The impact of the Supreme Court’s decision is already being felt in this area. In July 2022, a group of Republican lawmakers introduced the Unborn Child Support Act in both the House and Senate.
According to one study, single women who carry babies to term are more at risk for eviction, bankruptcy, and other kinds of financial distress. Sen. Kevin Cramer (R-ND) says his proposed amendment to the Social Security Act addresses this issue by giving “mothers the ability to receive child support payments while they are pregnant.” He added, “Fathers have obligations, financial and otherwise, during pregnancy.”
Under this proposal, courts could award child support payments prior to birth or apply them retroactively to the point of conception, as determined by a doctor. It also would not require women to ask for child support if they do not want the prospective father’s involvement. Paternity tests would be up to the prospective mother.
Some pundits questioned the GOP’s motivation. “I don’t think they really care about people getting support when they’re pregnant,” said Mississippi Reproductive Freedom Fund co-founder Laurie Bertram Roberts. “I think their real goal is to get personhood language into a bill.”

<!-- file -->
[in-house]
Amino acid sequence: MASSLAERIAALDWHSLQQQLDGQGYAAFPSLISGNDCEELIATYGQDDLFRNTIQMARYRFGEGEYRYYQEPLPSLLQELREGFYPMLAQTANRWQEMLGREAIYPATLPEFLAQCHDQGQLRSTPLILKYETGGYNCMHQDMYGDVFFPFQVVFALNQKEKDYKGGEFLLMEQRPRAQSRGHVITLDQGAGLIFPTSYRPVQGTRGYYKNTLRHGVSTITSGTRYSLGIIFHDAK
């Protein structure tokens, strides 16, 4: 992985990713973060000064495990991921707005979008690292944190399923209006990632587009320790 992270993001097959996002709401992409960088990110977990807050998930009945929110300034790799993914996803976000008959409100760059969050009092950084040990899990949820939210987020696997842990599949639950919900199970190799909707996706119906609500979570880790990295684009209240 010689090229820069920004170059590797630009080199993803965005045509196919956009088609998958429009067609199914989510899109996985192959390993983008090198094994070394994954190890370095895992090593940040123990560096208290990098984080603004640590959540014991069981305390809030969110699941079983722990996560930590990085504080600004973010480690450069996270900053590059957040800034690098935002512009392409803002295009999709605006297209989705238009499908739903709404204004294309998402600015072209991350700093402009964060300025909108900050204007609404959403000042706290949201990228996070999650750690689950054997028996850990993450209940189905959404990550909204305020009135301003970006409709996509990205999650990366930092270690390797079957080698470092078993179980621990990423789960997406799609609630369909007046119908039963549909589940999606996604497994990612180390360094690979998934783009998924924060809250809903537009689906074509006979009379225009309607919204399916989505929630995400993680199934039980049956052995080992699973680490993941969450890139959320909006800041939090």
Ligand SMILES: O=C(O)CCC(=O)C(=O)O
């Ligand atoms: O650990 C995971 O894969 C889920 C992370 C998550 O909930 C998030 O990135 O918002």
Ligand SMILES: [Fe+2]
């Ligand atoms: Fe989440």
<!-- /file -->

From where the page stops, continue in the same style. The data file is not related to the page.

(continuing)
The Unborn Child Support Act would not break any new ground in terms of child support. It would only extend the child support obligation in Illinois and all other states. All divorce and paternity orders usually include a statement that both parents share responsibility for supporting the children financially. The child support order simply fills in the specifics.
Before we get to these specifics, we should discuss child support philosophy. Once upon a time, Illinois was a percentage-of-income state. Noncustodial parents paid a certain percentage of their income. The amount usually depended on the number of children before the court and maybe a few other factors.